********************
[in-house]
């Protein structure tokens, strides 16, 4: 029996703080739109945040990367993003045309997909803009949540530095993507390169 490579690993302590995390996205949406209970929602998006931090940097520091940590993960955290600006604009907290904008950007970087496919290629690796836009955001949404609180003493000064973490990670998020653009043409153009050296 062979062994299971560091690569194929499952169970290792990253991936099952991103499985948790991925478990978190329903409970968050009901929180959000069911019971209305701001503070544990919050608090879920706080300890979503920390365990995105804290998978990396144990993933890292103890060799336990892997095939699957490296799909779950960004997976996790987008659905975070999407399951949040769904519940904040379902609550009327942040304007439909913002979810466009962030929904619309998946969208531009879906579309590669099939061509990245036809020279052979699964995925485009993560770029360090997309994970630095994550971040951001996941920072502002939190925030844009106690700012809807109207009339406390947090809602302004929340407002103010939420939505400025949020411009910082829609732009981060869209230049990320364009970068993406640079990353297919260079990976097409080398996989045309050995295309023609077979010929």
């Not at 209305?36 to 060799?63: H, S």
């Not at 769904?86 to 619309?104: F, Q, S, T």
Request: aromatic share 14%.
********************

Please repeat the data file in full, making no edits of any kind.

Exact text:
[in-house]
């Protein structure tokens, strides 16, 4: 029996703080739109945040990367993003045309997909803009949540530095993507390169 490579690993302590995390996205949406209970929602998006931090940097520091940590993960955290600006604009907290904008950007970087496919290629690796836009955001949404609180003493000064973490990670998020653009043409153009050296 062979062994299971560091690569194929499952169970290792990253991936099952991103499985948790991925478990978190329903409970968050009901929180959000069911019971209305701001503070544990919050608090879920706080300890979503920390365990995105804290998978990396144990993933890292103890060799336990892997095939699957490296799909779950960004997976996790987008659905975070999407399951949040769904519940904040379902609550009327942040304007439909913002979810466009962030929904619309998946969208531009879906579309590669099939061509990245036809020279052979699964995925485009993560770029360090997309994970630095994550971040951001996941920072502002939190925030844009106690700012809807109207009339406390947090809602302004929340407002103010939420939505400025949020411009910082829609732009981060869209230049990320364009970068993406640079990353297919260079990976097409080398996989045309050995295309023609077979010929």
């Not at 209305?36 to 060799?63: H, S």
């Not at 769904?86 to 619309?104: F, Q, S, T």
Request: aromatic share 14%.